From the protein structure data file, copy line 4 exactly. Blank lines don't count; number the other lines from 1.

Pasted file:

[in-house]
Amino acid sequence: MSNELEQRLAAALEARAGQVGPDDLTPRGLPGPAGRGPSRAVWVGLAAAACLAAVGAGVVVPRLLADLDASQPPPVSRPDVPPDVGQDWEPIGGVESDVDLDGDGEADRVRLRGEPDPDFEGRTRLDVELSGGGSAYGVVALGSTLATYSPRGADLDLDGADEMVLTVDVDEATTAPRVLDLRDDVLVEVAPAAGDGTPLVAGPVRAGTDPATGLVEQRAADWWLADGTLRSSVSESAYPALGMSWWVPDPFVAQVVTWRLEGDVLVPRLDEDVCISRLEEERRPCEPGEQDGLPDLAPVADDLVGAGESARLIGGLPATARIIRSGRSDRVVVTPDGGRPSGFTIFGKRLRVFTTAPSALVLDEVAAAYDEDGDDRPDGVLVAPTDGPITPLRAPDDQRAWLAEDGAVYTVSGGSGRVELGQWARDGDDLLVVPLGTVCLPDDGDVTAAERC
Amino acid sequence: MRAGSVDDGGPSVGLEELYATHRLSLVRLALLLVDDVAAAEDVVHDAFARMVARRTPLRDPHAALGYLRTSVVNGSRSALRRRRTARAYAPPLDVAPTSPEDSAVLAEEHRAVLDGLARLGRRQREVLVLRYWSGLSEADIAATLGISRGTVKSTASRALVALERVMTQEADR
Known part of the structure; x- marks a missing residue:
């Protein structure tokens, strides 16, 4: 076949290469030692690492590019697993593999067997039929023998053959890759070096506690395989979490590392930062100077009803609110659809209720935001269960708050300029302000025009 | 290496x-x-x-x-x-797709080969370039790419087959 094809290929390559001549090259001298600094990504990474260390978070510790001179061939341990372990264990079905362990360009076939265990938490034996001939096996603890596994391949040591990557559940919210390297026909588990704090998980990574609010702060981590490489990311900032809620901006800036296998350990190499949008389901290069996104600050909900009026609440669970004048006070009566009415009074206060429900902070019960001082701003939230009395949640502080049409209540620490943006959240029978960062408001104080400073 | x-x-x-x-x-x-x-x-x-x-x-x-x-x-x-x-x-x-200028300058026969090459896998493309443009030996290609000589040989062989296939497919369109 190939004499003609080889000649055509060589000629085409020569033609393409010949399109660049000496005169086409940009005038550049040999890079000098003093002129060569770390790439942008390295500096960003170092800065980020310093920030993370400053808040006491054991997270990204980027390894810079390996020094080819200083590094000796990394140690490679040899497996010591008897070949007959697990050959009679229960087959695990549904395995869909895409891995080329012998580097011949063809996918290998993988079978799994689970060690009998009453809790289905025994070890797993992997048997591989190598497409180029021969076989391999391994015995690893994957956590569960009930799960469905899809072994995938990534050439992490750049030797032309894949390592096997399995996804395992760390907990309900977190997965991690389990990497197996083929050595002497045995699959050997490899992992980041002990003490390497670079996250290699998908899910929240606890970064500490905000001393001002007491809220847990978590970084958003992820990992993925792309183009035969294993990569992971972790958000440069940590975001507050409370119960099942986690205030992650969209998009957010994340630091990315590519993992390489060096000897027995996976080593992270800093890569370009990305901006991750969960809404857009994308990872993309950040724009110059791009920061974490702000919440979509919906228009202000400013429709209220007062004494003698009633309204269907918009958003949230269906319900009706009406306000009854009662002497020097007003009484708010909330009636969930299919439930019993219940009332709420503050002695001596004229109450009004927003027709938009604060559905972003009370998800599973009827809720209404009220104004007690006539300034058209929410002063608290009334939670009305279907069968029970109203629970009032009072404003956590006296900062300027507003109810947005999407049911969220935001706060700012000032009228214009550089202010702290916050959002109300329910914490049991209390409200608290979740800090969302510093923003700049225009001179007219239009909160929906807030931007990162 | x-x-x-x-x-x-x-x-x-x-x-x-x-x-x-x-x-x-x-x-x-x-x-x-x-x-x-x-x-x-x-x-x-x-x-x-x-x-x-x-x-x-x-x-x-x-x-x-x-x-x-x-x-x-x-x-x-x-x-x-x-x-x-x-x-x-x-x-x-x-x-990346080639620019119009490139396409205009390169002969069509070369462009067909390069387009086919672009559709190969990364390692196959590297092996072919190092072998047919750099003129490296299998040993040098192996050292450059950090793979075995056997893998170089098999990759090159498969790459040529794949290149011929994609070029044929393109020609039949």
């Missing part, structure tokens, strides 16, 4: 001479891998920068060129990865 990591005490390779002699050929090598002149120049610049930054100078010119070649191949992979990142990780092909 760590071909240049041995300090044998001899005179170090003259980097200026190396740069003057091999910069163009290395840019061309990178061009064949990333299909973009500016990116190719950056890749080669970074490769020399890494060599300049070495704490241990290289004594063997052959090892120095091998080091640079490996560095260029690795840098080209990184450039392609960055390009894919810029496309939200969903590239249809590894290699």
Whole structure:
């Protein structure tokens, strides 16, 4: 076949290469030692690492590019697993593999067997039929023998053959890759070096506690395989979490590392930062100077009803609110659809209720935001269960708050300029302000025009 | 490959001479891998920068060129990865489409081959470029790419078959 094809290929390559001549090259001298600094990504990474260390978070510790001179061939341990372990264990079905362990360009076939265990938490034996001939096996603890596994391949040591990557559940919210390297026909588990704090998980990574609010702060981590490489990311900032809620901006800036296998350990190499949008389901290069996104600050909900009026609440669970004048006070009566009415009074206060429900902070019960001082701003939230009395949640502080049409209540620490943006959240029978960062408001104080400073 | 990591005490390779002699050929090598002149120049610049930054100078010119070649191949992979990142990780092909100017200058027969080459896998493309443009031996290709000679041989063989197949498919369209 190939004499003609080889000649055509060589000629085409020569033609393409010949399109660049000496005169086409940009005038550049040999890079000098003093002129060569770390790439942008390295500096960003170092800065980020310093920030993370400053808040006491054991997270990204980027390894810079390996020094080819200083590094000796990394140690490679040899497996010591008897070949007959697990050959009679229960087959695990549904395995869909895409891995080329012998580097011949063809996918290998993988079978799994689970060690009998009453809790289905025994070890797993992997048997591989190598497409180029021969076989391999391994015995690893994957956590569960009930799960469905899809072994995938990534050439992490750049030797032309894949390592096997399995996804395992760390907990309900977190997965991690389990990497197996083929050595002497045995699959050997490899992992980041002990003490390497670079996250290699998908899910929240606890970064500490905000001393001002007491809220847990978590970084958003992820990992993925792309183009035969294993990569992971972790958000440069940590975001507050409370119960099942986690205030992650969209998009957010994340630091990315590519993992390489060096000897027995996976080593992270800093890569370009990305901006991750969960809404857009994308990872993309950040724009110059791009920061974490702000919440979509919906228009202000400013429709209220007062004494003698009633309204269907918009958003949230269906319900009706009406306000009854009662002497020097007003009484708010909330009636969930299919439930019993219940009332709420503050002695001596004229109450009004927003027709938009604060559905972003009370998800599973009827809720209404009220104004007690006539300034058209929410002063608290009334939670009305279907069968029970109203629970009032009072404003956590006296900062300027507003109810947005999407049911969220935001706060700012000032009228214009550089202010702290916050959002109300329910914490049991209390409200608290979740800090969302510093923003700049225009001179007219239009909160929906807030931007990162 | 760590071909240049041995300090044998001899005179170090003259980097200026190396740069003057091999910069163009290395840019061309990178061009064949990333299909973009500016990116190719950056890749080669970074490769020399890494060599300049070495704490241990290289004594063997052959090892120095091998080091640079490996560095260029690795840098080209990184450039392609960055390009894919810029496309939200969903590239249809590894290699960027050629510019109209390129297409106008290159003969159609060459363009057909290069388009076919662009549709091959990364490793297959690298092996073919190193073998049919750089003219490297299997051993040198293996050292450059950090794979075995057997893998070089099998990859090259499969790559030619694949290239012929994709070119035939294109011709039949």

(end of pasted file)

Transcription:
Known part of the structure; x- marks a missing residue: